A moron’s guide to QR codes

Trust me. If I can use these, then every single other person on the planet can …

A couple of Bloggers I follow have been extolling the virtues of embedding QR codes in worksheets as a really useful way of linking students to digital content.

Quite honestly, I had no idea what they were going on about. I looked into it a little and still had no idea, so I put it on the back burner until I had chance to really have a think about how to use them.

However, as the Easter revision period arrived, I thought I might as well have another look to see if they were in any way useful to help me build a quick one-stop revision guide for my classes. I saw a superb idea from @jamieclark85 on Twitter and thought it would be worth revisiting!

I’m glad I did!

First of all, though, what is a QR code?

Basically, this:

It’s a barcode that you can link to anything you choose. (if you get ahead of me here, you can scan the above QR code using a smartphone and it’ll take you to a Youtube video on Emily Dickinson)

Rather than create a huge pack of paper, printing it off and giving it to all my classes, I decided I wanted to create a one-stop-shop A4 sheet that my class could use as an access key to lots of different resources. By using QR codes, I was hoping to create one piece of paper that let them revise where ever they were and whatever they had with them.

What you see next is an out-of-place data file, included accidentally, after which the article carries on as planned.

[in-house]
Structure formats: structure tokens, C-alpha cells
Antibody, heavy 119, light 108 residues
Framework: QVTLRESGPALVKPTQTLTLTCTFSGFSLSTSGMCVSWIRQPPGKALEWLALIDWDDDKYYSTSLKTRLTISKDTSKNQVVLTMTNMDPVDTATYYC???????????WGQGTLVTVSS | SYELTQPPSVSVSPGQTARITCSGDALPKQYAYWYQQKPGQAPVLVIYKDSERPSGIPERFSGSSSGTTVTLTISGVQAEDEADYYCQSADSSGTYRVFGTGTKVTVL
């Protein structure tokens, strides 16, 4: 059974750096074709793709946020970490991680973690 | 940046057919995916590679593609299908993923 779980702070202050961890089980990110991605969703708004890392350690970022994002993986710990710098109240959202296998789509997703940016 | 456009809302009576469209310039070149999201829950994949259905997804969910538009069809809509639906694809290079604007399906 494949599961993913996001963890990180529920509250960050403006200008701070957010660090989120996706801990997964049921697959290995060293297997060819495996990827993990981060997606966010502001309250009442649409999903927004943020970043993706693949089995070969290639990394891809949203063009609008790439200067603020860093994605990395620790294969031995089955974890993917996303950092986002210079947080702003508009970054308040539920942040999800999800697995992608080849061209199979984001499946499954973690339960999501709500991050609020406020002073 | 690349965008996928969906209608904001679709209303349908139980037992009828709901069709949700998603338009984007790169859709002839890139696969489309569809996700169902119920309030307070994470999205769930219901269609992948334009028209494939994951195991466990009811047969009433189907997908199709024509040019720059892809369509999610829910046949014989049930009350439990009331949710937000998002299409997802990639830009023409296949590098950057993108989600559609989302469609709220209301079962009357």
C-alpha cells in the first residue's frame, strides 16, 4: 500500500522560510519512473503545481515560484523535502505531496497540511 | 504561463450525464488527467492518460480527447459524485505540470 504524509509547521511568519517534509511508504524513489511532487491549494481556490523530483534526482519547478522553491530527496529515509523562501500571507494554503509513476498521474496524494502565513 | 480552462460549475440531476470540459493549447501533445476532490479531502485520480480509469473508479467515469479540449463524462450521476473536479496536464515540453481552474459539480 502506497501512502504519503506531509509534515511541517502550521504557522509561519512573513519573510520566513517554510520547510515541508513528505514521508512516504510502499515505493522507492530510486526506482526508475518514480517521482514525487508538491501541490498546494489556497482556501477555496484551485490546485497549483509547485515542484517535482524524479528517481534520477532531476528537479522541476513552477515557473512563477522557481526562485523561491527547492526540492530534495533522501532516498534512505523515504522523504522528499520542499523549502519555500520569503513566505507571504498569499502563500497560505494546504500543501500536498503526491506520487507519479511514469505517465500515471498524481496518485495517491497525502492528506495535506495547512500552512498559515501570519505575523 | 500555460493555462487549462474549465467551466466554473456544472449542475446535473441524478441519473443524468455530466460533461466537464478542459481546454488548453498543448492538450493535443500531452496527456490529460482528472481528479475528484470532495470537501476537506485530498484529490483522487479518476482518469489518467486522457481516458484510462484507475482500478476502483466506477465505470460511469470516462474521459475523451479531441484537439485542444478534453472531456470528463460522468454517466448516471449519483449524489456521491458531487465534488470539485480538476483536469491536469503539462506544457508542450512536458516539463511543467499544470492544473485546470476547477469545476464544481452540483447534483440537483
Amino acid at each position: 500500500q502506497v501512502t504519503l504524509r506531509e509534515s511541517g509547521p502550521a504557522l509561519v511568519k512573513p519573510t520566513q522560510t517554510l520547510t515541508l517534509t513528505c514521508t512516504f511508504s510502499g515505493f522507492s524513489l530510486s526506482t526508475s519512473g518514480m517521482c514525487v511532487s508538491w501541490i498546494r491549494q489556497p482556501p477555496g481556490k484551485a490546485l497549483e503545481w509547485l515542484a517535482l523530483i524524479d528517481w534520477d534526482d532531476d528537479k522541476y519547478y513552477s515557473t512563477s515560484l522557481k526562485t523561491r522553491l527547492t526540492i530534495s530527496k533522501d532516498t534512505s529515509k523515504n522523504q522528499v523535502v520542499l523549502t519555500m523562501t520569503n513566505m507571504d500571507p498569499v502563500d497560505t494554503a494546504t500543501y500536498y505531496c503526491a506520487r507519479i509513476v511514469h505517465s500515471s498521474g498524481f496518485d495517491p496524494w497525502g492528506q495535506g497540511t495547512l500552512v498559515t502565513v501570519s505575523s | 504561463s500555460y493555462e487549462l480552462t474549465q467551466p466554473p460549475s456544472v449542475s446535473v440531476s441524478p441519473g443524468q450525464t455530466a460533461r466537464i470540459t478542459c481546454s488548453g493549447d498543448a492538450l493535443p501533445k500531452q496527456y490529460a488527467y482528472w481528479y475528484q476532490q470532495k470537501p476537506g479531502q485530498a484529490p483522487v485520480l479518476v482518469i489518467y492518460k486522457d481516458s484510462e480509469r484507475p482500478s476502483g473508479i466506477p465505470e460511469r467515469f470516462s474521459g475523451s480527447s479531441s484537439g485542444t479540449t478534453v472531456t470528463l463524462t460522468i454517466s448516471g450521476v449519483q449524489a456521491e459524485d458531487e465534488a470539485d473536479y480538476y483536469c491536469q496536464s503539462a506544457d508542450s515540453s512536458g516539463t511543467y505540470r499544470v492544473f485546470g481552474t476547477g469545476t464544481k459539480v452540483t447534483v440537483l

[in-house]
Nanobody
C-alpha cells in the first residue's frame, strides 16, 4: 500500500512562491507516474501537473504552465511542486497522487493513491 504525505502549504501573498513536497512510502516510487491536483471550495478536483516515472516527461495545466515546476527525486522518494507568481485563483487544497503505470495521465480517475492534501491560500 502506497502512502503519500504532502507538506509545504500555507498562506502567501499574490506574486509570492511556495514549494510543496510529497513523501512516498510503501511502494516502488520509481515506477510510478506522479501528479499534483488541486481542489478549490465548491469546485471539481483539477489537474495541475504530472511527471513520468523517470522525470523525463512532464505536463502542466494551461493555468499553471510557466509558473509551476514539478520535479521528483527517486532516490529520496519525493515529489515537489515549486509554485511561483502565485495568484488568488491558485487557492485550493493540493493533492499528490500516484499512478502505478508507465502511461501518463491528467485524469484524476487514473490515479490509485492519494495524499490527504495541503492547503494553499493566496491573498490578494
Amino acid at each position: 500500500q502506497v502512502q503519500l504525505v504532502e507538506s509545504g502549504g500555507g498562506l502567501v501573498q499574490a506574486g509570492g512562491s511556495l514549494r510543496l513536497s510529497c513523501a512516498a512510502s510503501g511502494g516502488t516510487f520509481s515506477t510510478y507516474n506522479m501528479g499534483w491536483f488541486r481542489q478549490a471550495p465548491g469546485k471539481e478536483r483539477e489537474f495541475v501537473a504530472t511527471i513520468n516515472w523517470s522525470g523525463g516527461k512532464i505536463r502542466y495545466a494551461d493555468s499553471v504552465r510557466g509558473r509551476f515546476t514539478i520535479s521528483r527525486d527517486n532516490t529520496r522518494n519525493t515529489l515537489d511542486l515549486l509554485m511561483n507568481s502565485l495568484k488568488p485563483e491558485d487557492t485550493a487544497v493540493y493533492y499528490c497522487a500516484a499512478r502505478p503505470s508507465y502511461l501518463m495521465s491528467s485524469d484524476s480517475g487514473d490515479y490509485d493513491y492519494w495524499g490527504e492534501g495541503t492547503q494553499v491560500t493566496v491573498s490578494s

So, I found myself a nice desktop template – I liked the one below.

Then I put the most important info for the exam in the middle – my patented essay structure – which is what I need them to remember and practise the most diligently.

After that, I decided that what I wanted was to put something in each of the ‘photos’ that my pupils could access in their own time. I wanted to put: 1) some notes on each of the poems 2) some exemplar material 3) some information of the exam and 4) a revision video.

I have all of this information in different formats, from different sources, and in different places and it would run to many hundreds of pages if I just printed it out and gave it to the pupils. Thus, it seemed to me that if I linked all of the documents I wanted to use to a QR code, then my pupils would be able to access all this information themselves.

So, how did I do it?

Firstly, I moved an exemplar essay into my Dropbox and ‘shared the link’

Then I went to the following website. (I’m sure there are other QR code creators, this was simply the first one that I cam across in Google!)

I then choose the Dropbox function (1) and pasted in the link I had created (2). This created for me a QR code (3) which I downloaded.

Next, I pasted this code into my Word document. I did this several other times for all the information I wanted to share – including the Youtube video at the top of this blogpost – and ended up with a useful revision sheet which links to lots of different resources.

I’ve just sent it to my class and, at least the ones checking email on a Saturday, thought it was ‘cool’ – which is about the most praise I ever get from them 😉

I’m going to have a bit more of a play with it over coming months but, as a way to avoid thousands of bits of paper floating about, it seems a pretty useful technique!


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